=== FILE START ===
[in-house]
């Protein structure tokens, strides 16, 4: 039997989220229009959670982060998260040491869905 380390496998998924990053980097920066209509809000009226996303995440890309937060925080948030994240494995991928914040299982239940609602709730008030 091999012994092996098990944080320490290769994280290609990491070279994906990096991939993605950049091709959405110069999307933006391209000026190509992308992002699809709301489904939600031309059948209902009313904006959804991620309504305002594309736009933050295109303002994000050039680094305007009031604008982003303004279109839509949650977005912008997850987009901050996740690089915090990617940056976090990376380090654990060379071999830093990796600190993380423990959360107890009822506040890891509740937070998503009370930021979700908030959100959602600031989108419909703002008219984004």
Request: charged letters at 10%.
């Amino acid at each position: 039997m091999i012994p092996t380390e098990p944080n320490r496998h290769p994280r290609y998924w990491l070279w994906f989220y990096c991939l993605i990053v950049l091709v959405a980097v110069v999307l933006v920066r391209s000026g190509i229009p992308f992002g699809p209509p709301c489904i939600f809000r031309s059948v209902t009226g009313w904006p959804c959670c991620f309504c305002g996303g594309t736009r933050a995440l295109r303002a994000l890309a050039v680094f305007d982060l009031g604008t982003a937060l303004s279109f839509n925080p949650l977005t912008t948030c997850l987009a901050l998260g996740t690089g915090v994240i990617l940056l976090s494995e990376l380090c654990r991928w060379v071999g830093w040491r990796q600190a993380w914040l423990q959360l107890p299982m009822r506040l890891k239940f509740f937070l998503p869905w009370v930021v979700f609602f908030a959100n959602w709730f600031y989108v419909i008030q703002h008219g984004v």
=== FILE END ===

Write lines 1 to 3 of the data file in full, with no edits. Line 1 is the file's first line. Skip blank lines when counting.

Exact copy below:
[in-house]
């Protein structure tokens, strides 16, 4: 039997989220229009959670982060998260040491869905 380390496998998924990053980097920066209509809000009226996303995440890309937060925080948030994240494995991928914040299982239940609602709730008030 091999012994092996098990944080320490290769994280290609990491070279994906990096991939993605950049091709959405110069999307933006391209000026190509992308992002699809709301489904939600031309059948209902009313904006959804991620309504305002594309736009933050295109303002994000050039680094305007009031604008982003303004279109839509949650977005912008997850987009901050996740690089915090990617940056976090990376380090654990060379071999830093990796600190993380423990959360107890009822506040890891509740937070998503009370930021979700908030959100959602600031989108419909703002008219984004």
Request: charged letters at 10%.